within carry-on items. Security equipment included transmission x-ray systems for carry-on bags and walk-through metal detectors for passengers. However, with this tragic event, the focus immediately turned to technologies capable of also interdicting explosives devices in carry-on and checked bags. Since the introduction in December 1994 of the first certified explosive detection systems (EDSs) for checked luggage, a technology based on computed x-ray tomography, explosive threat detection has significantly improved. Furthermore, the development and insertion of threat image projection capability into security systems such as those used for scanning passenger carry-on bags have also served to improve screener performance and awareness.

On November 19, 2001, President George W. Bush signed into law the Aviation and Transportation Security Act (ATSA) (Public Law No. 107-071), which mandated the federalization of passenger and baggage screening at more than 440 commercial airports in the United States by November 19, 2002, and the EDS screening of all checked baggage. On March 1, 2003, the Transportation Security Administration (TSA) was transferred from the Department of Transportation to the newly created Department of Homeland Security, as required by the Homeland Security Act of 2002 (Public Law No. 107-296). Virtually all aviation security responsibilities are assigned to the TSA. These responsibilities include conducting passenger and baggage screening and overseeing security measures for airports, commercial aircraft, air cargo, and general aviation. The TSA programs dealing with these matters are intended to form a layered system that maximizes the security of passengers, aircraft, and other elements of the aviation infrastructure.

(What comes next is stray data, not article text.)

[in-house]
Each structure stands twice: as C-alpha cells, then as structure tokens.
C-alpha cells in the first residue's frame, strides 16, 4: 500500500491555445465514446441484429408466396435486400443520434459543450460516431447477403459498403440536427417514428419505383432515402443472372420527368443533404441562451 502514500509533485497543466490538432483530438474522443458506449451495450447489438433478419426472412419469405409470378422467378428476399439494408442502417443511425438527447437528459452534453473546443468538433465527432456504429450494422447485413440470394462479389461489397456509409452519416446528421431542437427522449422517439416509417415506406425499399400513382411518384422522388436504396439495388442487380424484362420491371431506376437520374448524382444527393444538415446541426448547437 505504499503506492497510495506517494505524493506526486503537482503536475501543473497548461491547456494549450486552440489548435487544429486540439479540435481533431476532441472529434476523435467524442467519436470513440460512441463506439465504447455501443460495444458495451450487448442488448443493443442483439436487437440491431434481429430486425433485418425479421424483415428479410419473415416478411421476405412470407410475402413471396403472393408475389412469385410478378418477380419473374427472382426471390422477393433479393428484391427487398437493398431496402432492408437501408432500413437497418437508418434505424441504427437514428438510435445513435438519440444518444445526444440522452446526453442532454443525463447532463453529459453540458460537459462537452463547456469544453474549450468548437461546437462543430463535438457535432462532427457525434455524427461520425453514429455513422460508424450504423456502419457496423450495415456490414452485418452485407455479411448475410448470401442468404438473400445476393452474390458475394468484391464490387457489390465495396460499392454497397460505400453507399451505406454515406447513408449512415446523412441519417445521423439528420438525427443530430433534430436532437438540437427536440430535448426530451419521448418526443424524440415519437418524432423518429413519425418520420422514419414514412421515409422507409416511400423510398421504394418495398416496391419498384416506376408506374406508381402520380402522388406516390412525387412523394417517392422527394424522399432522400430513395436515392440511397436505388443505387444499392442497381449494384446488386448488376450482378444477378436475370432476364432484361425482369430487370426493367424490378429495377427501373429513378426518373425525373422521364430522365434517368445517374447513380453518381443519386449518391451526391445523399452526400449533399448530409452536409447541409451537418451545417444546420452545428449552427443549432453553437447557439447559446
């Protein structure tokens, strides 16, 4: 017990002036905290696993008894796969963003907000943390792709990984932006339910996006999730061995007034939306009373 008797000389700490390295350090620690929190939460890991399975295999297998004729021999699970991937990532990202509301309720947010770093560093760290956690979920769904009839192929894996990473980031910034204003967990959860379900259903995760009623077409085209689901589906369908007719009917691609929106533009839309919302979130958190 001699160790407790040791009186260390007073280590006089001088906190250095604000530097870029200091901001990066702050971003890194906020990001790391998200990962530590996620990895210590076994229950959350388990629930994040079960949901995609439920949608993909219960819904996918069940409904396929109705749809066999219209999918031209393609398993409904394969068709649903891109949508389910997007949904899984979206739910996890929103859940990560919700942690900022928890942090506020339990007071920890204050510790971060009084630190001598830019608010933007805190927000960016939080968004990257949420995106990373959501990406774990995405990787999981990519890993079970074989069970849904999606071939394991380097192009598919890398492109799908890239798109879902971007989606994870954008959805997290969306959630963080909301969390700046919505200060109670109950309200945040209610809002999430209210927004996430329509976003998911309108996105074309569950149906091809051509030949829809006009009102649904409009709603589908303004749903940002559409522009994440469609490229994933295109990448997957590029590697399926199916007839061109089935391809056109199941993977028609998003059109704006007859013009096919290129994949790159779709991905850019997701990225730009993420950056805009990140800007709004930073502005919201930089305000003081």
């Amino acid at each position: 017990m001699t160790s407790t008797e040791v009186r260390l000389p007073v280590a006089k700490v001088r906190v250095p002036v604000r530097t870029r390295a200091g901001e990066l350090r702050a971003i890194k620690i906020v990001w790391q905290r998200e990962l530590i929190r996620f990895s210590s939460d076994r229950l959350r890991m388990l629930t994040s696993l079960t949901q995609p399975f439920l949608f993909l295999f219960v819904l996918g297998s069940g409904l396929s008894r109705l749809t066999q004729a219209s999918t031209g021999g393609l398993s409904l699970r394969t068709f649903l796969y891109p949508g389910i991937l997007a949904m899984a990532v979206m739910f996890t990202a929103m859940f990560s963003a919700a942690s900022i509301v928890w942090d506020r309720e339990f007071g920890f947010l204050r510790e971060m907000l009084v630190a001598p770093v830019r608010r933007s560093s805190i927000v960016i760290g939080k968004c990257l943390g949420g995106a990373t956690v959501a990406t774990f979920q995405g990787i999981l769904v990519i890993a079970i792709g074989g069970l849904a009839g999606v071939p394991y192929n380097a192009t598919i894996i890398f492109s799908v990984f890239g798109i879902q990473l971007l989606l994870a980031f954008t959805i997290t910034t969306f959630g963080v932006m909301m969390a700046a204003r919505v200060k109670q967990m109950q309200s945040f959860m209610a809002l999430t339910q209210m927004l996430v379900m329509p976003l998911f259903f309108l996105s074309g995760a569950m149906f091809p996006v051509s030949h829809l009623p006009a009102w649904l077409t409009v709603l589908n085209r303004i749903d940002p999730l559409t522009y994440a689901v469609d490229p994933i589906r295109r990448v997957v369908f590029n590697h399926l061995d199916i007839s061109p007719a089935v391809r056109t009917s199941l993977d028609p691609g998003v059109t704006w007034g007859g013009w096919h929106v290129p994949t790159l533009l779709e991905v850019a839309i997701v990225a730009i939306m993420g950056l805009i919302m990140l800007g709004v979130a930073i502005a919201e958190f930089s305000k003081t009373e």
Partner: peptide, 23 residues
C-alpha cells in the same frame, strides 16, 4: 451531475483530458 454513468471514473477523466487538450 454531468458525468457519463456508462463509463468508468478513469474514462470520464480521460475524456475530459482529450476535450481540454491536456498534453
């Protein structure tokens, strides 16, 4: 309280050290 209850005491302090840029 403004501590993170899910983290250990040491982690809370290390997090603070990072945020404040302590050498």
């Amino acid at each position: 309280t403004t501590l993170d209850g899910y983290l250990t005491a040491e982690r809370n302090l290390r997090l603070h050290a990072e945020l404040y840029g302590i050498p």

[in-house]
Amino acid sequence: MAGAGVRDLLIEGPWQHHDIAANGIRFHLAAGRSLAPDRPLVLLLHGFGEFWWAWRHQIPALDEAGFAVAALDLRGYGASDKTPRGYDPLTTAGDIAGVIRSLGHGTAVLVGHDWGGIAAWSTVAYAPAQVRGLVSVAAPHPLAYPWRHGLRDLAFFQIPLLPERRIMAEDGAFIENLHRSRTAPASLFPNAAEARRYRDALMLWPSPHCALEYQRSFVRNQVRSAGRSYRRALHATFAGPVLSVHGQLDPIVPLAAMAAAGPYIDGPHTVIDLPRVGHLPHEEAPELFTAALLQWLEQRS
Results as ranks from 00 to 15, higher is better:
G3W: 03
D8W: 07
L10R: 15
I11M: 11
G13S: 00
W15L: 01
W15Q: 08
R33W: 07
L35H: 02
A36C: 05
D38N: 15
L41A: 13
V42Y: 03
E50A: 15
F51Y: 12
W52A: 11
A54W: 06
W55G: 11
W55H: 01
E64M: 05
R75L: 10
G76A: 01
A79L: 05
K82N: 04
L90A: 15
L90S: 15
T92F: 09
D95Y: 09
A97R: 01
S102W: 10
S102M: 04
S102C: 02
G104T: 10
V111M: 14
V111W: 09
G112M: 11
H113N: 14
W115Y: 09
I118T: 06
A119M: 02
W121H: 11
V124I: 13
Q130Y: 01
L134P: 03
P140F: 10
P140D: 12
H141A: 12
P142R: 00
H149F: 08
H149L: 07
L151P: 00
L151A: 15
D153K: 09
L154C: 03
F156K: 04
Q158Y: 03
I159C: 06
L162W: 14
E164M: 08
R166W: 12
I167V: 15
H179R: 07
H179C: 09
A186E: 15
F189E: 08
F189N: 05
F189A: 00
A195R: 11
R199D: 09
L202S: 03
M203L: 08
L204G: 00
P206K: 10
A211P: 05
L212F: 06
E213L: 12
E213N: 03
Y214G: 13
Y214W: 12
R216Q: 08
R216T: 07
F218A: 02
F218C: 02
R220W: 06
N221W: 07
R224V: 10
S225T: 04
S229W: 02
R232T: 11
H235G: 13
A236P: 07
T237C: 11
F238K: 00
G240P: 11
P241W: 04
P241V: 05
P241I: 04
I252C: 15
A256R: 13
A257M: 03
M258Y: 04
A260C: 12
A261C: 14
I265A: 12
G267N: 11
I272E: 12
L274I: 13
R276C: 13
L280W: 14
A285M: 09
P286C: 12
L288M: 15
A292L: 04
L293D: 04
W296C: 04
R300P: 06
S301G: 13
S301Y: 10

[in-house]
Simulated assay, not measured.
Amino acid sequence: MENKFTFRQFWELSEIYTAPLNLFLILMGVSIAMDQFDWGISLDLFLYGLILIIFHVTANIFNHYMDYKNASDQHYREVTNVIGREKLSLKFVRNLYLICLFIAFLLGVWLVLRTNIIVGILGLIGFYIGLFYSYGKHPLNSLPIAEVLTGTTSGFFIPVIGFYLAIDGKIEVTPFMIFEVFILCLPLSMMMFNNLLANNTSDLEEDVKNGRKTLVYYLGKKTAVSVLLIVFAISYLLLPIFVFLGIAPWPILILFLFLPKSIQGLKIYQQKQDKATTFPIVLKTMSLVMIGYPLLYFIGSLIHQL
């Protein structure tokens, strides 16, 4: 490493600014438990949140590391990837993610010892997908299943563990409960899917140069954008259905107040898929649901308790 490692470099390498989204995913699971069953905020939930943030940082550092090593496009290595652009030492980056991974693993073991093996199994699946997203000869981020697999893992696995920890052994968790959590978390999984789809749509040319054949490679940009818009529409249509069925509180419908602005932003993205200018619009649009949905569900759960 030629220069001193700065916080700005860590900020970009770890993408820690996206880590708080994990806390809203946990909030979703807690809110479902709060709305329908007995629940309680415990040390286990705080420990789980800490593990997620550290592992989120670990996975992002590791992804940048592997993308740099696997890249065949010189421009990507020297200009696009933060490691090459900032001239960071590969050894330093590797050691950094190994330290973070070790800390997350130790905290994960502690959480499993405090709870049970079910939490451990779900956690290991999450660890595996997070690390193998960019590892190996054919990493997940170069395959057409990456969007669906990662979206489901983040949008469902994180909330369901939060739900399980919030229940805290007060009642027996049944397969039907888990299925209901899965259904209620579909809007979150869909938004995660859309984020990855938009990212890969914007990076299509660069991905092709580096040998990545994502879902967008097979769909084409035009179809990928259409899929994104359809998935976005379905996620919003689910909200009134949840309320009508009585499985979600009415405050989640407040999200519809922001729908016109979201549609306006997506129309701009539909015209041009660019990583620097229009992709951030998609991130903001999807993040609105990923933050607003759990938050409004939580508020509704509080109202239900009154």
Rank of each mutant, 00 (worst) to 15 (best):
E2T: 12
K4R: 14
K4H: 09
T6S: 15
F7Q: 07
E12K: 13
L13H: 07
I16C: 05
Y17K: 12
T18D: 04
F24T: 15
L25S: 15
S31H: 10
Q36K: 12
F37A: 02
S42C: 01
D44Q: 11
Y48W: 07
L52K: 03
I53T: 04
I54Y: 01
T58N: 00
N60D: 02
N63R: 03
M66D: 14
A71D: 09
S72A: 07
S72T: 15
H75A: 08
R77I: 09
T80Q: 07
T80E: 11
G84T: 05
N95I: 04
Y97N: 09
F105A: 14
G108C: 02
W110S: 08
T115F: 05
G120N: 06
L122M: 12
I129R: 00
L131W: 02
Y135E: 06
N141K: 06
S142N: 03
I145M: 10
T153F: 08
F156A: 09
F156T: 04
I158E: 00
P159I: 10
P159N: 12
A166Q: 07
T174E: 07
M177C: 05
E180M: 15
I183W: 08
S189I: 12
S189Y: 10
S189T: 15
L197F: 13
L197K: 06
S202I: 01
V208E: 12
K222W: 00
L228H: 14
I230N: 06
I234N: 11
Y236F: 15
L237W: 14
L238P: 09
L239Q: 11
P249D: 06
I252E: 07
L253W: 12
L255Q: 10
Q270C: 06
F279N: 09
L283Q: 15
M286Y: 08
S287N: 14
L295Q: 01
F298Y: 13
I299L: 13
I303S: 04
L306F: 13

The TSA has undertaken several programs to measure and improve the performance of passenger screeners in the detection of threat objects. In March 2004, the General Accounting Office (now the Government Accountability Office) completed a study of the performance of the passenger-screening system that identified numerous performance deficiencies, such as inadequate staffing and poor supervision of screeners. These deficiencies in performance were the result of a lack of skills and knowledge, low motivation, an ineffective work environment, and wrong or missing incentives. The TSA is taking steps to remedy these deficiencies, and although it is making progress in its checked-baggage screening operations, it continues to face technical, operational, and funding challenges in accomplishing the EDS screening of all checked and carry-on baggage as mandated by ATSA.3

The 9/11 Commission Report,4 issued in 2004, recommended that the Transportation Security Administration and the Congress improve the way screeners look for explosives at airports. “As a start, each individual selected for special screening should be screened for explosives.” Former Navy Secretary John Lehman, a member of that commission, told the House Aviation Subcommittee that the prospect of suicide bombers boarding U.S. aircraft is “a very real threat.” He said that it is more likely now


U.S. Government Accountability Office. 2004. Aviation Security: Improvement Still Needed in Federal Aviation Security Efforts. GAO-04-592T. Washington, D.C. Available at http://www.gao.gov/cgi-bin/getrpt?GAO-04-592T. Accessed June 25, 2006.


Available at http://www.9-11commission.gov/report/index.htm. Accessed June 25, 2006.

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